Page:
In the past, when I got questions about grammar, I would check if it was just part of a wrong approach. I didn’t think it was that important, but now I’ve reformed my ways. When people ask questions about grammar, it’s another indication that they’re lost on a road with no signs.
The reason is because though grammar seems to have been fed as an unenecessary vitamins, most students are simply searching for nutrients. I was surprised to understand that most students have little knowledge of grammar for their own language and have learned only because it’s been covered in their English classes. Many might even think that grammar is an English thing and has nothing to do about Lao.
It only confirms the point for if most students think grammar is essential for understanding English, it explains why many cannot write in Lao. Without an understanding of word function and order, it would be very difficult to write. Granted, it’s never hard to simply copy. It would be very hard to compose and writing is a primary way to build higher level constructions of thought and logic.
So English is dropped from the sky as an important tool and almost like cargo worship, it gains more value that it’s worth. I say so because knowledge of terms is not enough to be able to make something useful. If a doctor only knew the names of internal organs without knowing their functions, they wouldn’t be able to cure many people. In the same way, students may have memorized what a conjunctive clause is, but it’s not going to help them to write correctly. Worst is if they’re a teacher and simply use the word to test the next generation.
Thus, in an experiment with Lao since more students are already dealing with the language at the level of a sentence, I had instructors identify the verb. The tricky part is to identify a verb without calling it a verb so we just call it a very important word in a sentence.
With students, they say, “In the sentence I just read, the important word is ….” So if, “Ms, Bua Kham raises vegetables in her yard so that she can sell them and make some extra money.” The important word (the main verb) is “raise” and the teacher can ask, “Who raises? She raises what? Where does she raise them? Why does she raise them? When she sells them, what can she get? Does she get a lot? Right, just a big of extra money.” Excellent.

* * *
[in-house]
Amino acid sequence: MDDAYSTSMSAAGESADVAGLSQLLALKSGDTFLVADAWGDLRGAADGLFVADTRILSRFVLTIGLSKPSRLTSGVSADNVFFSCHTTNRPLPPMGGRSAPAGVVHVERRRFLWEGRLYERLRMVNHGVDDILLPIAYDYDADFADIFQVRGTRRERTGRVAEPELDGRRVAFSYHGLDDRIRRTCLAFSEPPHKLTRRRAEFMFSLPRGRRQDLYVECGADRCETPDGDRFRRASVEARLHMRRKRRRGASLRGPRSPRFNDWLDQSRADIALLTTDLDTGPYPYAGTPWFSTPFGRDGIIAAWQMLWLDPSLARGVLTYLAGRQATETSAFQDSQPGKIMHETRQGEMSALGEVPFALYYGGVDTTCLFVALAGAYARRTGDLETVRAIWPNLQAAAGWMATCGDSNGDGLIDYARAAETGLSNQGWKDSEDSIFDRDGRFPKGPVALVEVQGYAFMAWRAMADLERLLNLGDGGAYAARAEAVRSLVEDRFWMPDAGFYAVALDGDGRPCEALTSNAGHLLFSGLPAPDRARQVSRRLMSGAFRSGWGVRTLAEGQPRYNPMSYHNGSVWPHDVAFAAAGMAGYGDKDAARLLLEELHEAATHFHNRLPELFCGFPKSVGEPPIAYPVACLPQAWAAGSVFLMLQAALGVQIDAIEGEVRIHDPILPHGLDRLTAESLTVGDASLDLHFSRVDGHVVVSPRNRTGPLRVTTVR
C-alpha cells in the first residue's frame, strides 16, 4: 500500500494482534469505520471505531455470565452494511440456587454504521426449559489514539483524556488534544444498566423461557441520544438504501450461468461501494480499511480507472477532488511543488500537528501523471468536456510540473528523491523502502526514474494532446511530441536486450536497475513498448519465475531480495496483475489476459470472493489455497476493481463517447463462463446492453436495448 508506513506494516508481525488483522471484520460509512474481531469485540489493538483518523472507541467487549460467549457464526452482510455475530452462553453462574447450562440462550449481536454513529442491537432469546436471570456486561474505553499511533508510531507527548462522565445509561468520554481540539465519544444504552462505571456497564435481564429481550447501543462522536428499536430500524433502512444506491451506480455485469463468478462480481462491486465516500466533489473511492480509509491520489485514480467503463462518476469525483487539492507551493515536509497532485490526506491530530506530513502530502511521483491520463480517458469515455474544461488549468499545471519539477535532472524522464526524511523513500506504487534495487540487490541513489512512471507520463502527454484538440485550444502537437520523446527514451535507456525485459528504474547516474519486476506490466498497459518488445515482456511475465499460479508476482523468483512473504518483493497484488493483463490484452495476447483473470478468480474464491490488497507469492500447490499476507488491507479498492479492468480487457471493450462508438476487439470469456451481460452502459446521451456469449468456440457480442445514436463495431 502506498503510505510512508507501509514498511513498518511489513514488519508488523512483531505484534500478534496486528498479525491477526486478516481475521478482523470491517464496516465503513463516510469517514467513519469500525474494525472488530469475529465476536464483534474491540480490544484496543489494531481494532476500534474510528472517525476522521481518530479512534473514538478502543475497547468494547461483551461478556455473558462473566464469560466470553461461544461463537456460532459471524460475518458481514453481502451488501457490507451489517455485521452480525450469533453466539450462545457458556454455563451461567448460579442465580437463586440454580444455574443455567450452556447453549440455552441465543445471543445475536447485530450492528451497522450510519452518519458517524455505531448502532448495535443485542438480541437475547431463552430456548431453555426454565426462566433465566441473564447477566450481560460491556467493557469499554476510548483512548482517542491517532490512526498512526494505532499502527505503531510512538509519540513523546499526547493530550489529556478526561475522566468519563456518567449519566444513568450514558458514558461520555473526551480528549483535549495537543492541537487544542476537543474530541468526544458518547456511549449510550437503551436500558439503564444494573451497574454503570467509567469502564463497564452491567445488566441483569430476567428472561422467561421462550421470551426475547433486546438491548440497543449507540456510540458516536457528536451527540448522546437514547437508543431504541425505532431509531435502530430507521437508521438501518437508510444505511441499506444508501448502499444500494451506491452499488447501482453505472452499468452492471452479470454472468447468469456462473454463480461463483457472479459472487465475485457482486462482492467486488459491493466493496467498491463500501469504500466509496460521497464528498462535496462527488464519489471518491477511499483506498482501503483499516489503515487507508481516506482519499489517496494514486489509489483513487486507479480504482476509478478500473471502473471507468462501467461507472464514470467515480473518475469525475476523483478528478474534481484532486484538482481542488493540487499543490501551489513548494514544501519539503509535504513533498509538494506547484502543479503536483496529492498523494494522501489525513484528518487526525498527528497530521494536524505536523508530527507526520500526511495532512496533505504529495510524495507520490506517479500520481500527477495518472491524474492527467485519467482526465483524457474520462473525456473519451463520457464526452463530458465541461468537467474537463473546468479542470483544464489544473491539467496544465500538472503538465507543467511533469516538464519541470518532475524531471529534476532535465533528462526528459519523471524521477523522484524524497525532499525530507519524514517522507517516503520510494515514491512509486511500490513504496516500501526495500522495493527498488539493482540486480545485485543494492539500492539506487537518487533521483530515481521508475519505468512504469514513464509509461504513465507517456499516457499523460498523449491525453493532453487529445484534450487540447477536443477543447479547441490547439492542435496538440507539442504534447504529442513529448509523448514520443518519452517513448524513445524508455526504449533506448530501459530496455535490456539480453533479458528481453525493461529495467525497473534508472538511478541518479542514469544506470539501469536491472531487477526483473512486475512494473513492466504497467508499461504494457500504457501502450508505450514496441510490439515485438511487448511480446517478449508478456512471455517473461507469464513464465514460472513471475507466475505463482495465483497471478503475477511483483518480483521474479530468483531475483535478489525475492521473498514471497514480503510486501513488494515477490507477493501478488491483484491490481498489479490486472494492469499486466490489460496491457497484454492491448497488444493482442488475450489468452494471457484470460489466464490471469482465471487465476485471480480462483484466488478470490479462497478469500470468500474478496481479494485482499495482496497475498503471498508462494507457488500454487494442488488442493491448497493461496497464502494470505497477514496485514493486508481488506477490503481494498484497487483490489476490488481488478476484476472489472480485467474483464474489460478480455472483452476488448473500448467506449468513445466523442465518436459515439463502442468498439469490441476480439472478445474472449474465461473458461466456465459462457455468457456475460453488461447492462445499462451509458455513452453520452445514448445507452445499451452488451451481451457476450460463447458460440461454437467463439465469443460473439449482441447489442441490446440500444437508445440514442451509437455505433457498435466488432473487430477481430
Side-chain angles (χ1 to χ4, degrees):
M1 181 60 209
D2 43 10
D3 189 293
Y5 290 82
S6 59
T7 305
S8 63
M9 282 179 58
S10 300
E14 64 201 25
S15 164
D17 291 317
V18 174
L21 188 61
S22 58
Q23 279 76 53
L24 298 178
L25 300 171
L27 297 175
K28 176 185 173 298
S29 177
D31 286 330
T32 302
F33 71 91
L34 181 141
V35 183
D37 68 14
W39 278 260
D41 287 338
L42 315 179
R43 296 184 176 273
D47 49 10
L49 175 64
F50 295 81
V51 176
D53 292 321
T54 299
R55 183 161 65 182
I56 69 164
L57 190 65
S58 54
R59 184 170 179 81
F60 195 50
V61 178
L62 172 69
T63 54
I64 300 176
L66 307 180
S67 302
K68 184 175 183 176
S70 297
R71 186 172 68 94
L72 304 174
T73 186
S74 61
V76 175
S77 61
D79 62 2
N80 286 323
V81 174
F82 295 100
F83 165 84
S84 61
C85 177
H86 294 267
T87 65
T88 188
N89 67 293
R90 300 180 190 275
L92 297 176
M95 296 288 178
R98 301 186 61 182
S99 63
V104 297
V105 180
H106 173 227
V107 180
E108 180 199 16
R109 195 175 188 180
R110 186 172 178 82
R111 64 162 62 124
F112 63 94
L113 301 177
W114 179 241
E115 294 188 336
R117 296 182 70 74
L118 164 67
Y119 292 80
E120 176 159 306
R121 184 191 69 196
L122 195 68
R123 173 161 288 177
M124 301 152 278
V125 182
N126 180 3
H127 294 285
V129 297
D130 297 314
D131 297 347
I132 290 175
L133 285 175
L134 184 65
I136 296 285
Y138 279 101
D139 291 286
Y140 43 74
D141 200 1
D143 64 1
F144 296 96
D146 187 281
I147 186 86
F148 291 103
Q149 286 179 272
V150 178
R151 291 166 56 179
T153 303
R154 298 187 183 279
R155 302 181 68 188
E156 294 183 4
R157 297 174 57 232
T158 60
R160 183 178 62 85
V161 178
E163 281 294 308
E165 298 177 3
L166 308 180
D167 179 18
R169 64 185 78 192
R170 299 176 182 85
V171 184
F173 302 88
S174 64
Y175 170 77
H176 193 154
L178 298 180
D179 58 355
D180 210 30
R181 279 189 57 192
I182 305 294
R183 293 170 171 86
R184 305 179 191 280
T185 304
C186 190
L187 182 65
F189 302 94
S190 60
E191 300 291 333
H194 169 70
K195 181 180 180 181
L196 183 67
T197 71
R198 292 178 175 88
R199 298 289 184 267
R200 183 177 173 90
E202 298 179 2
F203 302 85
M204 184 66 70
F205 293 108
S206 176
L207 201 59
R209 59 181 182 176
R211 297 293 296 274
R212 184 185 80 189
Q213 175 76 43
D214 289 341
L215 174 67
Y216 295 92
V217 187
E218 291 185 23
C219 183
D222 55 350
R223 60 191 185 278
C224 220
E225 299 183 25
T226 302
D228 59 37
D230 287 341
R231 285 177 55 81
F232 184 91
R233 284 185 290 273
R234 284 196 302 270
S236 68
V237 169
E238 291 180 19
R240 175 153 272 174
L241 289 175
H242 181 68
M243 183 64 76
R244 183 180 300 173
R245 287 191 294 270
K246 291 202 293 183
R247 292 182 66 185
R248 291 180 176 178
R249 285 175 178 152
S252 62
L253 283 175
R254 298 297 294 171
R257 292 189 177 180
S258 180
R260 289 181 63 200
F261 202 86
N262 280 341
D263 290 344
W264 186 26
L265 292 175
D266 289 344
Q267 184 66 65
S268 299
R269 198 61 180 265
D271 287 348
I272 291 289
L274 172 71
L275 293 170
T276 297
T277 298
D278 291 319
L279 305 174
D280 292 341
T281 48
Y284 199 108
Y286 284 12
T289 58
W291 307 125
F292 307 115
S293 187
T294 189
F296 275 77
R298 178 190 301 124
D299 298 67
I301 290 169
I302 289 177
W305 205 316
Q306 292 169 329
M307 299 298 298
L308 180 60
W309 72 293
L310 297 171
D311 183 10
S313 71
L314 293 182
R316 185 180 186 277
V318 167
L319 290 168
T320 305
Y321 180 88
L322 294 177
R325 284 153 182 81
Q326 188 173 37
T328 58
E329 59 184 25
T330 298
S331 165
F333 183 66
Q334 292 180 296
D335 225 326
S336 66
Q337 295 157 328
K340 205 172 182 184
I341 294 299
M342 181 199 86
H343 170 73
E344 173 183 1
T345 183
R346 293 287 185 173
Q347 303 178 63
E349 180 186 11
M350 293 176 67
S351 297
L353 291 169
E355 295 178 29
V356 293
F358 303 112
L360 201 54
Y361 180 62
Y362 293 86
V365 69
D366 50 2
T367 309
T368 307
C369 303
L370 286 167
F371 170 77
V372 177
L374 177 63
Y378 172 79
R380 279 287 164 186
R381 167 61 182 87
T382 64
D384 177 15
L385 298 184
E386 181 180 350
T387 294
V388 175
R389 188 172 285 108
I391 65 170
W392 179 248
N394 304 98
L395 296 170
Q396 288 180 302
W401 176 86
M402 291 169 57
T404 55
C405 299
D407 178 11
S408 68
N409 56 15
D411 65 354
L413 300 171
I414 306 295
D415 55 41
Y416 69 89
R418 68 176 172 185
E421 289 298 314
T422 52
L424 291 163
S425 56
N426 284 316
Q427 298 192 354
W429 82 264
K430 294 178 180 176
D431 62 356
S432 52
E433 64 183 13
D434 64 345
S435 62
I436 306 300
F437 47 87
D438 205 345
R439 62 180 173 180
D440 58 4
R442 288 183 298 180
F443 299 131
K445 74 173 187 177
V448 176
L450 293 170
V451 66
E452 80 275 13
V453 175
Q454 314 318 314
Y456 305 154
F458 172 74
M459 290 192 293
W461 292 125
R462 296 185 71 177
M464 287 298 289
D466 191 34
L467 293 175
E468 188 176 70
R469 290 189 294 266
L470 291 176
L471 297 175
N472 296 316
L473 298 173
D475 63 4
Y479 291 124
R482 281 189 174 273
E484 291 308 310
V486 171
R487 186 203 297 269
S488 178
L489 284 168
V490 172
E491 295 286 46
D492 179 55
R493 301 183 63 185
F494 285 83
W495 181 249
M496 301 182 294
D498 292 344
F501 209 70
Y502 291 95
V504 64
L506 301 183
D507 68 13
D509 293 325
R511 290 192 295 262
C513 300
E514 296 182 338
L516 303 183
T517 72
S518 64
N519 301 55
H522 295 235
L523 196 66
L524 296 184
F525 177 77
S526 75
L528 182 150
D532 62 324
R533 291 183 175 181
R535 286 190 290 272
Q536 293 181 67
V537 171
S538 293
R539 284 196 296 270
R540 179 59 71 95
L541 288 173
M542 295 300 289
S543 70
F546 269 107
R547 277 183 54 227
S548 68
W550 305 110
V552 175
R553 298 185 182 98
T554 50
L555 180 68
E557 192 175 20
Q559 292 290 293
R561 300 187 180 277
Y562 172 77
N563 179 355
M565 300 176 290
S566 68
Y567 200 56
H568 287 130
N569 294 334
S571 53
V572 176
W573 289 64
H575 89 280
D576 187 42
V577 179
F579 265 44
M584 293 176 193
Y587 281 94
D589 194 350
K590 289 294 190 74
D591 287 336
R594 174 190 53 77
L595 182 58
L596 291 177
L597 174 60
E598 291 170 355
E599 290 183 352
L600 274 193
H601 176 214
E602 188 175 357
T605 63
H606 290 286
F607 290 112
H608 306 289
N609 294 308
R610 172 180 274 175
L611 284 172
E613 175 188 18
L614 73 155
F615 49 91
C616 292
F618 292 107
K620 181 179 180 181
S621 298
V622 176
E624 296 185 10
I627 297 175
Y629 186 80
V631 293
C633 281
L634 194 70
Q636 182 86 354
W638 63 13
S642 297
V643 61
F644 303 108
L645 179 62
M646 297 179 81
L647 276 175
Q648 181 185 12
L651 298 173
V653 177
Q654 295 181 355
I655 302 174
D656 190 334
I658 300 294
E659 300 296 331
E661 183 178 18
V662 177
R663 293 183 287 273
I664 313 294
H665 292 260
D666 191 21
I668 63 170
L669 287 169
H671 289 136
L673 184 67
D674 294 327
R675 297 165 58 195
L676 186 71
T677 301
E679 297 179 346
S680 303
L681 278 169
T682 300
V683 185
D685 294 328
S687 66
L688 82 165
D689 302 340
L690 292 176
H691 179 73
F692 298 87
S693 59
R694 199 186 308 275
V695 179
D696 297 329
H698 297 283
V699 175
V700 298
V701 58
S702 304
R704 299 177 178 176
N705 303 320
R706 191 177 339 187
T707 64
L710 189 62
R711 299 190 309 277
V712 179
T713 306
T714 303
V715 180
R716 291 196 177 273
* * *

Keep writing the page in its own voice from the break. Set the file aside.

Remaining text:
The point is to reconstruct a sentence with the main verb acting as the fulcrum as it should do. There are other ways to do this exercise, but by reconstructing a sentence part by part, students start to understand structure. It’s not difficult, but apparently hasn’t been done. The only catch is that this works best first with the Lao language so, gasp, it would mean helping students to understand their first language before learning a second language rather than in reverse.
It is a very unique situation that things might very well be learned backwards, but then this is only the thoughts of one person. Who really knows what works? In another experiment, I was surprised that students could a repeat an English sentence better when heard backwards. Sadly, I suspect it is because it’s easier to start with the word you’ve just heard and it works best when you don’t know the meaning. Who really knows?